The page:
> 
> The repositories would be named taverna-*, as the current repositories on
> the github team: https://github.com/taverna/. This repository organization
> is styled equivalent to the git repositories of cordova-* and couchdb-*.
> 
> Exactly how repositories are split/merged is open for discussion - it is
> part of our current plan to reduce the number of repositories by merging
> common modules with a similar release cycle - this could be done at an
> early phase of the incubation period.
> 
> Issue Tracking
> 
> JIRA Taverna (TAV)
> 
> Existing issues in Taverna 3's current JIRA -
> http://dev.mygrid.org.uk/issues/browse/T3 - should be imported - but its
> current list of Modules should be further agreed.
> 
> Other Resources
> 
>    Wiki spaces in Confluence https://cwiki.apache.org/confluence -
>    importing the most recent Taverna-related spaces and documentation from
>    http://dev.mygrid.org.uk/wiki/spacedirectory/view.action?startIndex=24
> 
>    Jenkins - replacing myGrid Jenkins at http://build.mygrid.org.uk/ci/
> 
>    Maven repository at https://repository.apache.org/ - replacing myGrid
>    artifactory http://repository.mygrid.org.uk/
> 
>    File-based Web space for Plugin Update Site - replacing
>    http://updates.taverna.org.uk/ and
>    http://www.mygrid.org.uk/taverna/updates/
> 
>    Home pages - to be transitioned from from http://www.taverna.org.uk/ (Wordpress)
> 
>    Binary distribution download hosting, about ~8 GB pr release, replacing
>    http://www.taverna.org.uk/download/ (currently downloads are hosted by
>    http://launchpad.net/ and https://bitbucket.org/)
> 
> Initial Committers
> 
> The initial list of committers reflect the current list of active
> developers at the Github team: https://github.com/orgs/taverna/people (Note
> that not all of these have made their membership public on Github)
> 
> 	
> 
> Alan R Williams
> alan.r.williams@manchester.ac.uk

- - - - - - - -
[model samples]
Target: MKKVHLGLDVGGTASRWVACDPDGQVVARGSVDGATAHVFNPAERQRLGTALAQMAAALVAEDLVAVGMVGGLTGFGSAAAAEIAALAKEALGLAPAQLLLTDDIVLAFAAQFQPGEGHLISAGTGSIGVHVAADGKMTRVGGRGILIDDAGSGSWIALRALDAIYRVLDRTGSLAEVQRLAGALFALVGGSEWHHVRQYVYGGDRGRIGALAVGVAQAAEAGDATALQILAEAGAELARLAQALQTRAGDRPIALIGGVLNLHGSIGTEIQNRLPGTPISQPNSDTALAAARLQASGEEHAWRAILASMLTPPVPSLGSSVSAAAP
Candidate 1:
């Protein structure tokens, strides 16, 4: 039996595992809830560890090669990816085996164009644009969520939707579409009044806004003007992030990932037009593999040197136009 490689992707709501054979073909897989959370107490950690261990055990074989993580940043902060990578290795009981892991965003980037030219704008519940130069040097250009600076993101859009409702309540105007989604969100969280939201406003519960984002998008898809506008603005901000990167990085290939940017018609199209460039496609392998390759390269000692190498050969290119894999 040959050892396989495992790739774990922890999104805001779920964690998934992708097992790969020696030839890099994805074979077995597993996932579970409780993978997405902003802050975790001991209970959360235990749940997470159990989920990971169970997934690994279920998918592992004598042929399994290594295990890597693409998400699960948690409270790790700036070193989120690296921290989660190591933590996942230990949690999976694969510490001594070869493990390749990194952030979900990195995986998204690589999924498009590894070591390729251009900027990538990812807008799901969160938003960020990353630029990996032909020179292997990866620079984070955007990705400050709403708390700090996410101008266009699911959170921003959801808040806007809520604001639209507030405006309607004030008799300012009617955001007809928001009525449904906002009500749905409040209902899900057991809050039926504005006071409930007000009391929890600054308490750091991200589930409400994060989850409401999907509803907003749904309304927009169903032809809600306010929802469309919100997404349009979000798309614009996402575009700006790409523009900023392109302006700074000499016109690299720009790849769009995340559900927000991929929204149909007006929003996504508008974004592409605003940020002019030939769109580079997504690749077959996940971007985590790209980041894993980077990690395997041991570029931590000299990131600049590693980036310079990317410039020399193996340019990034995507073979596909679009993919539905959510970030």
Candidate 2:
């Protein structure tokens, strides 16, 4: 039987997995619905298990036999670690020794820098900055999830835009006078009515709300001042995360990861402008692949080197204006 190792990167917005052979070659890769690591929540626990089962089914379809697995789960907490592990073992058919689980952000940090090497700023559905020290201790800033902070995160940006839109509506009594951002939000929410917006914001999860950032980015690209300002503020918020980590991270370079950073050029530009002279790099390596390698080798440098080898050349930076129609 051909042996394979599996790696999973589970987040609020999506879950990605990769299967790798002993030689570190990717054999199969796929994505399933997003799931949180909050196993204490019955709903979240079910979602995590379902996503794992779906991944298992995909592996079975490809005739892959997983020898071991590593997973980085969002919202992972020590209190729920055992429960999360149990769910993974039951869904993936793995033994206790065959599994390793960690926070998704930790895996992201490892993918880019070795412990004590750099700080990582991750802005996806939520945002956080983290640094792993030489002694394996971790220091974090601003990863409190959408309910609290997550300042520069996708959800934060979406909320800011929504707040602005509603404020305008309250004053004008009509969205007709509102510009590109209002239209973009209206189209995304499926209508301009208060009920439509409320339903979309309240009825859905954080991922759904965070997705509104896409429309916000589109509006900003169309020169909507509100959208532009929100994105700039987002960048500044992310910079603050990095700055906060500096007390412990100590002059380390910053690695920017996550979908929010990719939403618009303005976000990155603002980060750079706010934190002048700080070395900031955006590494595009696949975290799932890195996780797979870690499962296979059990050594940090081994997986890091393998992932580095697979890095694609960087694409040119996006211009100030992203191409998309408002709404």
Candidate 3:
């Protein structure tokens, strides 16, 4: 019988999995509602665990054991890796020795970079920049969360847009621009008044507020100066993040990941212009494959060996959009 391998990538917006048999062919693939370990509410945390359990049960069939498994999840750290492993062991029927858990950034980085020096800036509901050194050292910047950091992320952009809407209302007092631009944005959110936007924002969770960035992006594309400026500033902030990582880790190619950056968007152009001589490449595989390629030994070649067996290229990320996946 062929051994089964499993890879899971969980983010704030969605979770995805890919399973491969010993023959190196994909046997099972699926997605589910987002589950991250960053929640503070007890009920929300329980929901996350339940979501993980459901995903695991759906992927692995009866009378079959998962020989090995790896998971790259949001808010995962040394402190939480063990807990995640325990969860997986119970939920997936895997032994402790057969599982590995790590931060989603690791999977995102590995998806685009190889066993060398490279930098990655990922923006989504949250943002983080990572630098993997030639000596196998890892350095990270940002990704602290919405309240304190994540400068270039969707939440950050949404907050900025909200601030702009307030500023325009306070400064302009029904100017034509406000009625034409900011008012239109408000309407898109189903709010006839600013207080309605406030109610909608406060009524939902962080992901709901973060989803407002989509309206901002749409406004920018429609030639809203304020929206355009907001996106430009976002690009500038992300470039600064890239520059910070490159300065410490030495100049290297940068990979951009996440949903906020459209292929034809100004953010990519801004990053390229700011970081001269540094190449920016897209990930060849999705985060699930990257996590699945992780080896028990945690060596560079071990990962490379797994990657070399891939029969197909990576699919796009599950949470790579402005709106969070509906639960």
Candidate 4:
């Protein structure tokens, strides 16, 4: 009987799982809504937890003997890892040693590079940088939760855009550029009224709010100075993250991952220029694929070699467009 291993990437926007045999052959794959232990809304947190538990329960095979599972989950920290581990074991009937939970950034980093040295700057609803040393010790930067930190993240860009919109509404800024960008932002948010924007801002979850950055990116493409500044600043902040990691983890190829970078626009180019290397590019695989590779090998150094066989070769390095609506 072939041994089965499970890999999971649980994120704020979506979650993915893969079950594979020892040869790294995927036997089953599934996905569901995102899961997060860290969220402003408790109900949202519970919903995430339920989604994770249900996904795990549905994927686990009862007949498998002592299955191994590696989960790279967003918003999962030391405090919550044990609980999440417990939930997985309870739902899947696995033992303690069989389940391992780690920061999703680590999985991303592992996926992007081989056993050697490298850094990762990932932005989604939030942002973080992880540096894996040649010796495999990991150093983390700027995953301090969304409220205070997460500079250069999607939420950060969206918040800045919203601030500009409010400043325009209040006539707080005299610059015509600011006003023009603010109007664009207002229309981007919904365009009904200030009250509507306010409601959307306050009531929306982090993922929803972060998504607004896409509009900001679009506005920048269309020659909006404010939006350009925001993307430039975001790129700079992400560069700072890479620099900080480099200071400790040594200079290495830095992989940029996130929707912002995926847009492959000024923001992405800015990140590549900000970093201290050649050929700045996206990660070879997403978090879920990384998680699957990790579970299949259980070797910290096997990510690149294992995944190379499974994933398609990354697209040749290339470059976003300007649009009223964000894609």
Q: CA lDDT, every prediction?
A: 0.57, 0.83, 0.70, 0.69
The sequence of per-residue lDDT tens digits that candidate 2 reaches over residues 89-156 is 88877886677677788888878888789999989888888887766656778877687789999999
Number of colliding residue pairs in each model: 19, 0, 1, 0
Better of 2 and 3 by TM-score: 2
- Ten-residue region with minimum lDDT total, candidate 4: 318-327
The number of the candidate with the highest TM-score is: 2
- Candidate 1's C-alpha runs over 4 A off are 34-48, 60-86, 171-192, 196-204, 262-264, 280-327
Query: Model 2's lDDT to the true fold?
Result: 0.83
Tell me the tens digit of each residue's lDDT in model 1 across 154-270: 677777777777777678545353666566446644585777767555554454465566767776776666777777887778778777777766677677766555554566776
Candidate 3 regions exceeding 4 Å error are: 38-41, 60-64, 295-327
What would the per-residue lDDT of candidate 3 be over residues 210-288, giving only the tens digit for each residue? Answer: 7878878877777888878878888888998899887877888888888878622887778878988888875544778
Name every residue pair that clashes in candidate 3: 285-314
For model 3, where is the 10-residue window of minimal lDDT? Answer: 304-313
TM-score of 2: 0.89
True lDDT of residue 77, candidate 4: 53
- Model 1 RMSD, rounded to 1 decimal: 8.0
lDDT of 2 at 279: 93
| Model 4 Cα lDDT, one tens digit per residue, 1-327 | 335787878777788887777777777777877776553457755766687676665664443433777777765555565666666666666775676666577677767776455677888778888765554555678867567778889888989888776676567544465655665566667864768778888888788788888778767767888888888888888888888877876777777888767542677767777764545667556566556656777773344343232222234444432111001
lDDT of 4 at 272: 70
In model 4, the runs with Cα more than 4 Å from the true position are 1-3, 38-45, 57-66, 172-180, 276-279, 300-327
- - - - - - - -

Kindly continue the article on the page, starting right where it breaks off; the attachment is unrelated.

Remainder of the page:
> 	
> Aleksandra Nenadic
> a.nenadic@manchester.ac.uk
> 
> Christian Y. Brenninkmeijer
> brenninc@cs.man.ac.uk
> 
> David Withers
> david.withers@gmail.com
> 	
> Dmitriy Repchevsky
> dmitry.repchevski@bsc.es
> 
> Donal K. Fellows
> donal.k.fellows@manchester.ac.uk
> 	
> 
> Finn Bacall
> finn.bacall@manchester.ac.uk
> 	
> 
> Hajo Nils Krabbenhöft
> hajo@krabbenhoeft.de
> 	
> 
> Ian Dunlop
> ian.dunlop@manchester.ac.uk
> 
> Ingo Wassink
> I.H.C.Wassink@ewi.utwente.nl
> 	
> 
> Julián Garrido
> jgarrido@iaa.es
> 	
> 
> Mark Wilkinson
> markw@illuminae.com
> 	
> 
> Luke McCarthy
> elmccarthy@gmail.com
> 	
> 
> Robert Haines
> rhaines@manchester.ac.uk
> 	
> 
> Shoaib Sufi
> shoaib.sufi@manchester.ac.uk
> 	
> 
> Steffen Möller
> moeller@inb.uni-luebeck.de
> 
> 
> Stian Soiland-Reyes
> stian@soiland-reyes.com
> 	(ICLA on file.)
> 
> Stuart Owen
> sowen@cs.manchester.ac.uk
> 	
> 
> In addition to the Core Team (mentioned earlier), this list also reflects
> Taverna's existing meritocracy as it includes plugin developers whose
> contributions have been merged into the main code base. We acknowledge that
> not all of these are likely to continue as "Core" developers, but would
> like to encourage that during the Incubating process.
> 
> Affiliations
> 
> The majority of the initial committers are employed by University of
> Manchester as part of the myGrid team, including responsibilities for
> contributing to and supporting
> Taverna. http://www.mygrid.org.uk/about-us/people/core-mygrid-team/.
> 
> Dmitriy Repchevsky is employed by the Barcelona Supercomputing Center,
> including responsibilities for contributing to Taverna. Steffen Möller is
> employed by University of Lübeck. Julián Garrido is employed by Instituto
> de Astrofísica de Andalucía.
> 
> Sponsor Champion
> 
> Andy Seaborne
> 
> Nominated Mentors
> 
>    Andy Seaborne
>    Chris Mattmann
>    Suresh Srinivas
>    Suresh Marru
>    Marlon Pierce
> 
> Offers of participation, not formally a mentor:
> 
>    Michael Joyce
> 
> Sponsoring Entity
> 
> The Incubator.
>